We invite you to join us on Wednesday, November 1 for We Are Facing History: Uncovering California's Hidden Stories. We will discuss often untaught stories of Asian-American, and Pacific Islander experiences that helped shape the California we know today and how studying a diverse collective history creates equitable classrooms across the state and beyond.
When & Where
Wednesday, November 1st, 2023
5:30 PM – Doors open
6:00 PM – Reception
6:30 PM – Program
Helen Zia is both a writer and activist. She is the daughter of immigrants from China and was born and raised in New Jersey. Her latest book, Last Boat out of Shanghai: The Epic Story of the Chinese Who Fled Mao's Revolution, was one of NPR's Best Books and a finalist for a 2020 PEN America prize. Helen's first book, Asian American Dreams: The Emergence of an American People, is about the civil rights struggles of Asian Americans, and it is still used as a foundational history text in colleges and high schools. Helen also wrote My Country Versus Me with nuclear physicist Wen Ho Lee, whom the FBI falsely accused of being a spy.
This year, Helen launched the Vincent Chin Institute (vincentchin.org) to counter anti-Asian bigotry and hate violence and promote solidarity. A lifelong activist, she is featured in several documentaries, including the Oscar-nominated Who Killed Vincent Chin?, about the landmark civil rights case of anti-Asian violence. In 2010, she was a witness in the case for marriage equality that went to the Supreme Court. Helen received honorary doctorates from the University of San Francisco and the CUNY Law School. A graduate of Princeton University's first coeducational class, Helen quit medical school after completing two years. She became a community organizer, construction laborer, autoworker, and after which she discovered her life's work as a writer.
7 Must-See Films on Native American History and Life
The seven documentaries series listed below cover wide-ranging subject matter including Native American peoples’ roles within and perspectives about the film medium, the women’s rights movement, K-12 education, political leadership, literary arts, musical performance, and language protection efforts.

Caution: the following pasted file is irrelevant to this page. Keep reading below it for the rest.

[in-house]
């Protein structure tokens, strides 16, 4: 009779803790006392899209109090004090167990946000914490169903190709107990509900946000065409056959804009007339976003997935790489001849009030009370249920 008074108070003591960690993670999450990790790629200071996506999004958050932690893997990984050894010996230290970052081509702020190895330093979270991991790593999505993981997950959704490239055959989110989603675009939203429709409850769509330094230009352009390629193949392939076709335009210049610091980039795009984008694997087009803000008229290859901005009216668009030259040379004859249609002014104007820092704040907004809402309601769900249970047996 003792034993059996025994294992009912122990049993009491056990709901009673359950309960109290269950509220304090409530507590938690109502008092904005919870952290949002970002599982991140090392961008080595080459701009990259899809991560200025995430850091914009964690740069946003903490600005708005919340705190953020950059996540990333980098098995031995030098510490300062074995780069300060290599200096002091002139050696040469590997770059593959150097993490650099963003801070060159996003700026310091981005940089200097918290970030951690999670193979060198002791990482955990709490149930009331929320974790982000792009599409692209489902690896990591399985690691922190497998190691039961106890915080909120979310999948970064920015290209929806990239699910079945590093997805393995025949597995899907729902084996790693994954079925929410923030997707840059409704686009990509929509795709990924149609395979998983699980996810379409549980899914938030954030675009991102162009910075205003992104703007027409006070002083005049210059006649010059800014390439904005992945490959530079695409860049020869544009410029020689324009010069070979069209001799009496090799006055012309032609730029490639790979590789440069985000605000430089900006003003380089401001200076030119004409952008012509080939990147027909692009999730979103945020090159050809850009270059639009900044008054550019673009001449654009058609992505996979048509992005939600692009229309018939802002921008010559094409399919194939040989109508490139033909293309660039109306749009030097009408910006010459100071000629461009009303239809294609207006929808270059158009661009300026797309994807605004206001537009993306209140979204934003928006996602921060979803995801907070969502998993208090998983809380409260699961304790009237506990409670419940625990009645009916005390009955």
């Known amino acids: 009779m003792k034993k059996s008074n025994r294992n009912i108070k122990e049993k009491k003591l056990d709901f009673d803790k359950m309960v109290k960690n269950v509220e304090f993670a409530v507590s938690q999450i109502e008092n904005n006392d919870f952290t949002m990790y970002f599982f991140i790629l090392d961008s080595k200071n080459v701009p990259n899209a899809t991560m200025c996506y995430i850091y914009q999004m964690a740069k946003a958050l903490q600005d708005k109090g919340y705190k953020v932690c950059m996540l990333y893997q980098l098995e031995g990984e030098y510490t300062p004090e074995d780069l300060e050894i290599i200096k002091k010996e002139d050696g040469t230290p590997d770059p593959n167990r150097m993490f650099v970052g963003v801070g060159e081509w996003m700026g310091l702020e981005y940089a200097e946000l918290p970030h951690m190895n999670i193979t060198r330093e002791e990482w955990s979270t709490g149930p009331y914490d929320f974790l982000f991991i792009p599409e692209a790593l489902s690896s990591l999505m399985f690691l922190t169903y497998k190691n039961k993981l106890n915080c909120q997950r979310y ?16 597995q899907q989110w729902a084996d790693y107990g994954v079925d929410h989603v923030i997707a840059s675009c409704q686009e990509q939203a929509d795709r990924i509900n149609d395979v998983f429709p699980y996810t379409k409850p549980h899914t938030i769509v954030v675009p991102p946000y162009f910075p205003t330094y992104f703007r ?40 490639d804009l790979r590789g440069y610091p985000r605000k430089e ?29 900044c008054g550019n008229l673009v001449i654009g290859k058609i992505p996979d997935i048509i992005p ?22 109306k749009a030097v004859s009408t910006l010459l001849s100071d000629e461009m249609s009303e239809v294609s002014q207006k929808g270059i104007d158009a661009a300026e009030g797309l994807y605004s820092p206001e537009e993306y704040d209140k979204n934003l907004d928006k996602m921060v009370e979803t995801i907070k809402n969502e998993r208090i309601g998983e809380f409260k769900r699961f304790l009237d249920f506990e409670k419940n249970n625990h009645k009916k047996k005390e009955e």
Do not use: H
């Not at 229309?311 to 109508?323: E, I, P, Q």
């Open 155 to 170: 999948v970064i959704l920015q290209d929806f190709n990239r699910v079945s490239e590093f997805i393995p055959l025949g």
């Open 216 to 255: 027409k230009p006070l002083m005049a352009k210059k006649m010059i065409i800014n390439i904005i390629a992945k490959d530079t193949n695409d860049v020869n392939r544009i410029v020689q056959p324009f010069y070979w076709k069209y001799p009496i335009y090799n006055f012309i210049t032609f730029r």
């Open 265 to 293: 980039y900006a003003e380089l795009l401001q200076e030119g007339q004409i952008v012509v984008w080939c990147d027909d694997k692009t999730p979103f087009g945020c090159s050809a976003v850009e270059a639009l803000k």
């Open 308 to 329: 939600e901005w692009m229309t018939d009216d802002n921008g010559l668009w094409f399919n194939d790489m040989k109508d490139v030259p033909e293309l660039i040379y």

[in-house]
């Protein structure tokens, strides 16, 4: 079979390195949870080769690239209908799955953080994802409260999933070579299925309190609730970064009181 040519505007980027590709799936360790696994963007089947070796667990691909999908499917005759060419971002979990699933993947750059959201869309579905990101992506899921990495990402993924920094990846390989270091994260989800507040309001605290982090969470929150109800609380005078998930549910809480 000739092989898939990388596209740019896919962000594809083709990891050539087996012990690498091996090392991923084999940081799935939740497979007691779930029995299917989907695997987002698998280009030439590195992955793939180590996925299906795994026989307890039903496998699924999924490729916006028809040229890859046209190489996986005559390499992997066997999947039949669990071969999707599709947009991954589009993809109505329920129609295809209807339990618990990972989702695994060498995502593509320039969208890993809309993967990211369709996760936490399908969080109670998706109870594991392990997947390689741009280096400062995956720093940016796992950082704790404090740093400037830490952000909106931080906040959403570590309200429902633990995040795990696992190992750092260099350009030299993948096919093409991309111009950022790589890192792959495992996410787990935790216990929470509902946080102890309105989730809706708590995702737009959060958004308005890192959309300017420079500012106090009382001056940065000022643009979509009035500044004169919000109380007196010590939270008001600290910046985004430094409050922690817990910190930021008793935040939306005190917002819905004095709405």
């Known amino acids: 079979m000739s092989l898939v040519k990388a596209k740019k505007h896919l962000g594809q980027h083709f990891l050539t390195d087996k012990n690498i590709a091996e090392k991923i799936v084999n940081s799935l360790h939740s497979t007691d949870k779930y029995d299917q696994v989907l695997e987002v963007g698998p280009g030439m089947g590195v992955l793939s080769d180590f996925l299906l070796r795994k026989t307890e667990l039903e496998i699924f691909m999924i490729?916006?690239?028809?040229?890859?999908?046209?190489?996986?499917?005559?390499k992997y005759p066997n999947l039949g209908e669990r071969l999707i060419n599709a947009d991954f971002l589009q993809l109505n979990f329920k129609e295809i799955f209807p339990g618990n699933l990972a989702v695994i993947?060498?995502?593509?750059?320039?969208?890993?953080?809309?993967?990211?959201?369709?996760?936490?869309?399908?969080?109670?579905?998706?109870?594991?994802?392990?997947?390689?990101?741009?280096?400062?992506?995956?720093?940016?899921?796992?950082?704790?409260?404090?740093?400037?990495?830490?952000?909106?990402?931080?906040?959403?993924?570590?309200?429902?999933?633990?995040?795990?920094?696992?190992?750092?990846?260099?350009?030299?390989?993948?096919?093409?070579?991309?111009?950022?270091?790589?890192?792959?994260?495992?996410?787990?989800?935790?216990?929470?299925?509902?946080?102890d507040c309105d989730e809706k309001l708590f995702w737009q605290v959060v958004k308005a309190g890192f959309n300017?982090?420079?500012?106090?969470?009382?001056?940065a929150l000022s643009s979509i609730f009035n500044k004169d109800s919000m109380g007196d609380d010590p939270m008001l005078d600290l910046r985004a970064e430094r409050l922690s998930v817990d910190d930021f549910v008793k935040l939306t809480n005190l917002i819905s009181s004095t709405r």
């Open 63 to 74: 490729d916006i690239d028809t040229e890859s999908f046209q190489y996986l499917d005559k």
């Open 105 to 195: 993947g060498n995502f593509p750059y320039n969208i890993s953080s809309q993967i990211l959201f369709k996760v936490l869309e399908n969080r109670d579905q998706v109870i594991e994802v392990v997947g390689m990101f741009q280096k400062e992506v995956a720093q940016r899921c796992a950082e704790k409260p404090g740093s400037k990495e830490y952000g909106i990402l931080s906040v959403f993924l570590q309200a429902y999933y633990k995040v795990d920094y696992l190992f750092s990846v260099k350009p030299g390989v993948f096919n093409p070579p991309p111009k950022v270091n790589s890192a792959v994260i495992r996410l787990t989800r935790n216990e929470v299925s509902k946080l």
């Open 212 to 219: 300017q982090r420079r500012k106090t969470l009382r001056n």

Members of our staff are exploring these five new books published written by a group of Indigenous authors across North America for readers ages 12 and up and we invite you to explore them alongside us. These texts address themes including Indigenous youth navigating adolescent identity, community, and resistance.
18 Teacher Resources on Native American History and Culture
Below are 18 resources that middle and high school teachers can turn to when developing lesson plans related to the roles of Native American peoples in American history and contemporary life. These resources include online exhibitions at the Smithsonian; the Smithsonian’s Native Knowledge 360° Educational Initiative; the work of the Mitchell and Hood Museums; and the growing work of Facing History in these thematic areas.
More Than Monsters: The Deeper Significance of Wendigo Stories
The wendigo stories of Algonquian peoples offer a window into the endurance of cultural resources used to transmit significant moral values, and underscore the power of Native people using these stories to engage in social critique.
Teaching Coming of Age in a Complex World: Blended Workshop Series
Experience our approach to teaching Coming-of-Age literature, designed to increase student agency, empathy, critical thinking and literacy skills, and belief they can make a difference in the world. This blended 3-part workshop series, open to educators in Boston and Cleveland, consists of two virtual meetings and one day long in person workshop.
More Like This
Donate now and together we'll build a better world
Make a 100% tax-deductible donation today and you'll help us reach even more teachers and students around the world, giving them the tools to fight back against hatred and bigotry.